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Economic Systems follow simple rules that historically have proven to be true each and every time certain scenarios pop up. The freer the system of exchange, the more prosperous it will become. The more a system of exchange is interfered with by government, the more likely it will struggle, poverty will increase, and the ability to create wealth decreases. Money is simply something that was created to replace the barter system. Rather than giving you a donkey for three sheep, I can purchase the sheep with a monetary amount you believe to be equal or greater than that of the value of the sheep. Historically, money tended to be something like coins made of precious metals, making the exchange something that swaps value for value. In today's era of paper money, and a debt-based economy, the only reason money retains any value is because we have faith that it does.
Money does not exist like people think. It only exists because the bankers let it exist. Money appears, or is extinguished, because a ledger entry somewhere says that it can. Or, perhaps I should adjust that to "keystroke entries."
In an orderly society we agree to use a particular method or item for money, be it precious metals, paper issued by a government, or electronic digits in our accounts. When we do such a thing, the rise and fall of values of products, and ultimately the rise or fall in the cost of living, will follow basic principles understood by economists and financial whizzes from the very beginning.
Supply and Demand is the most commonly known principle of economics. The price or perceived value of an item fluctuates based on the amount of product available, and the amount of consumers demanding the product. If, for example, the demand is high, and the supply is low, the price of a product will increase. If there is a glut of a product in the market, and the demand is relatively low, the price of the product drops drastically in order to entice the consumer to purchase the item.
Supply and demand also applies when it comes to the amount of money in the system versus the value that is in the system. The price of a product may also be heavily influenced by the cost of producing the product.
There's an old saying among business owners. "I don't pay taxes, you do." In other words, taxation against businesses are treated as nothing more than a cost of doing business. So, if a corporate tax, or a manufacturing tax, increases, it really isn't a tax against the business. It is a tax against the people. The business will figure out how much per unit the tax is costing them, and then raise the price accordingly. They do the same thing with the rise in cost of raw materials, and labor costs. If wages go up, especially when mandated by government bureaucrats, to make up for the increase in the cost of doing business, the business owner will raise the price of the product. Sometimes they may not do it in an obvious manner. I remember when a mayonnaise producer was faced with a rise in the cost of producing each unit, so rather than raise the price the producer added a beveled bottom to the jar, which led to less product being in each unit. On the surface it looked like the price never changed. But, the consumer was purchasing less product for the same price without even realizing it.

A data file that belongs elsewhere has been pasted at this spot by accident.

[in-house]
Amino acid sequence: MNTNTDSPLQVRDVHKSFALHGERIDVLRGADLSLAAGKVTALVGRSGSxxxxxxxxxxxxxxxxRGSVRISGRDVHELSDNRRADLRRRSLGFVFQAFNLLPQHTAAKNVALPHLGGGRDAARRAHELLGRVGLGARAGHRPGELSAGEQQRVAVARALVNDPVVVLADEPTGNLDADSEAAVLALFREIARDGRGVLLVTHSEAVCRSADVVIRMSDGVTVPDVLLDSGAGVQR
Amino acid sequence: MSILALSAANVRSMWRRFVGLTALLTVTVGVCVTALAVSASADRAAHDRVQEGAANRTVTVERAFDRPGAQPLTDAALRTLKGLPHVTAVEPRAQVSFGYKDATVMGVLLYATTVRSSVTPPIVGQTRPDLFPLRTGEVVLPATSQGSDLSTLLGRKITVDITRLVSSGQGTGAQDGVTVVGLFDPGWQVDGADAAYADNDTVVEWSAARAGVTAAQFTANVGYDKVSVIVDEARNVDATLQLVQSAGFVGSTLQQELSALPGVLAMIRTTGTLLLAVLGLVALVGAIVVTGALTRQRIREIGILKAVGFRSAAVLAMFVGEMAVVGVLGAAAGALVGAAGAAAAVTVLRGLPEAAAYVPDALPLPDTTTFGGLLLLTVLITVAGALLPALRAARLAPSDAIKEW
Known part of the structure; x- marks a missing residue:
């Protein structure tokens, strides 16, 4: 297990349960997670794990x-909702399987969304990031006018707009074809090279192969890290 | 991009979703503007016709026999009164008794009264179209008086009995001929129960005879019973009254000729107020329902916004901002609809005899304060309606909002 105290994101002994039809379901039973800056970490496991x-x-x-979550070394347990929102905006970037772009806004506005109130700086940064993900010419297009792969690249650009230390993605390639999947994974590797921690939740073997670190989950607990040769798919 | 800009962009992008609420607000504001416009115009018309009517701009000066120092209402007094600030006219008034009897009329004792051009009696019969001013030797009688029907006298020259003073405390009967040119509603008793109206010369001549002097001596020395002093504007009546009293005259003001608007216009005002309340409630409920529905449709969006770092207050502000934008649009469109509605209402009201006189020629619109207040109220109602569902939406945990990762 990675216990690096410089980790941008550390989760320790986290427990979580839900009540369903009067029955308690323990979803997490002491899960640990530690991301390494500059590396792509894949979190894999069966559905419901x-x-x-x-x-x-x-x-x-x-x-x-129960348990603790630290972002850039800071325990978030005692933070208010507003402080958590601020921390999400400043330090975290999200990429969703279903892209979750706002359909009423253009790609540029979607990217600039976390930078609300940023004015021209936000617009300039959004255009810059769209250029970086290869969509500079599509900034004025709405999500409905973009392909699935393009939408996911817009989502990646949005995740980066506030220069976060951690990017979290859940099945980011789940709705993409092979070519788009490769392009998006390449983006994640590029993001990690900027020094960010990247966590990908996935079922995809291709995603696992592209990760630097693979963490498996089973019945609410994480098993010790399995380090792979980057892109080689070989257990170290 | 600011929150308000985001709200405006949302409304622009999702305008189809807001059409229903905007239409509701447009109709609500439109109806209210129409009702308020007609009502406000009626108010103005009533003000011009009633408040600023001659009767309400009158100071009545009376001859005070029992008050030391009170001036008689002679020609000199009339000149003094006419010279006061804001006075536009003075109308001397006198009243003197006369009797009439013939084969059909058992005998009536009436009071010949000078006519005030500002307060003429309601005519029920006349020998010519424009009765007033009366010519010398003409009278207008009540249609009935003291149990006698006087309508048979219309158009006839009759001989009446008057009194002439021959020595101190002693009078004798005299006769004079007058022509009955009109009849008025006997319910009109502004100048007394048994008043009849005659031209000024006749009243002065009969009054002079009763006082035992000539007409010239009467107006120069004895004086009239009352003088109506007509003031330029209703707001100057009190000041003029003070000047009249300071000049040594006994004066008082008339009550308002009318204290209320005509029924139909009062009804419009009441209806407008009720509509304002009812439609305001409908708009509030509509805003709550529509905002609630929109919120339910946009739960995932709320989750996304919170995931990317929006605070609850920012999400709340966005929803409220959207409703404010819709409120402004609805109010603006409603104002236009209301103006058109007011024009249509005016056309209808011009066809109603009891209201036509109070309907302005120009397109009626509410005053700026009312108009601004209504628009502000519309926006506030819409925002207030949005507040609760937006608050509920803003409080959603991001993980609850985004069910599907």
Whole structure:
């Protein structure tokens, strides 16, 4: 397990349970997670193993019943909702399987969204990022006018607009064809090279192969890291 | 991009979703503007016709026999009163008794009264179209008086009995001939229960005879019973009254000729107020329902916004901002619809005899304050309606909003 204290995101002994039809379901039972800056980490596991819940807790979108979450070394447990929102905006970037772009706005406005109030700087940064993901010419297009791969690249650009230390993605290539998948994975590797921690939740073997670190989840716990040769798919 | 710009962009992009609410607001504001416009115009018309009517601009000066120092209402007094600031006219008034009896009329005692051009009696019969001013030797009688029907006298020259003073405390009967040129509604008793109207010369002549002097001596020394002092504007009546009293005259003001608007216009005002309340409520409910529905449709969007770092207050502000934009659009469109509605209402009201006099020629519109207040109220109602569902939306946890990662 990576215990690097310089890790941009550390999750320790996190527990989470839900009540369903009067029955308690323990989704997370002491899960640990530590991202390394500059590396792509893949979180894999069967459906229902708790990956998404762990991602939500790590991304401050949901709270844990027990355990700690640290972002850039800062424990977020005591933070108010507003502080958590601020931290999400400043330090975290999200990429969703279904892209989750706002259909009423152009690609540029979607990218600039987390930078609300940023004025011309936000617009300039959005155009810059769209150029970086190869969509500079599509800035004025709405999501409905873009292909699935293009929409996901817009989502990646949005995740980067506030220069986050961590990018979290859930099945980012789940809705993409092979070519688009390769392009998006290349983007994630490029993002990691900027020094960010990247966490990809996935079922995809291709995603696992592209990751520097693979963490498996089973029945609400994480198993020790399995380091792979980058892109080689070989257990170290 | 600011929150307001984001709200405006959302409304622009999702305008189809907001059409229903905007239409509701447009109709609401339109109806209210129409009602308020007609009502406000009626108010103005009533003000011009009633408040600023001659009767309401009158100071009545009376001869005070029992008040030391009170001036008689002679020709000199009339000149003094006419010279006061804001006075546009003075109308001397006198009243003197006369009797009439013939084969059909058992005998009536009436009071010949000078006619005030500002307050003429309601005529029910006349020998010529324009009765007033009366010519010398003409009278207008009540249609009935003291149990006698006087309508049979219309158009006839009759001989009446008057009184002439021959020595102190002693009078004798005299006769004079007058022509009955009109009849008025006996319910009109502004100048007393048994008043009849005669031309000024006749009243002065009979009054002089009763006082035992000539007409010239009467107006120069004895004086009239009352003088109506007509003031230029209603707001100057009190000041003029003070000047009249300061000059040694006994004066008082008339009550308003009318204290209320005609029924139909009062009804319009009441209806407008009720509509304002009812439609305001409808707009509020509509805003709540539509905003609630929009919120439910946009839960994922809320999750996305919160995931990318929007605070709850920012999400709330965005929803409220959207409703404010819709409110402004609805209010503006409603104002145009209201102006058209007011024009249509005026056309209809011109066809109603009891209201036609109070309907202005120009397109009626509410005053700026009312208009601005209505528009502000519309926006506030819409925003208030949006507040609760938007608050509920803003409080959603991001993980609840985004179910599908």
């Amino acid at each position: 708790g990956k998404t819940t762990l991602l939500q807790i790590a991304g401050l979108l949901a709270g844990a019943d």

In a communist system the goal is to eliminate possessions, individuality, and wealth creation. Two classes emerge in these systems. The haves, and the have-nots. Those in power live in luxury while the common folk, while excited they finally have what they consider to be equality, are left to be equal in misery. The market collapses, supply drops, prices rise, and poverty becomes the norm for everyone in the class of folks who had been screaming for "power to the people" before the whole thing began to knock them into place. To achieve such a system, communists create class warfare, first between any group they can get to go at each other's throats, and eventually between the proletariat and the bourgeoise. The latter are those who have possessions, or any level of comfort (a.k.a. the producers), and the former are considered the working class (a.k.a. the laborers). Taxes rise to redistribute wealth, and eventually the middle class and small business sector is destroyed, leaving only the workers, and the government (along with a handful of powerful corporate entities)."From each according to his ability, to each according to his needs."
-- Political Pistachio Conservative News and Commentary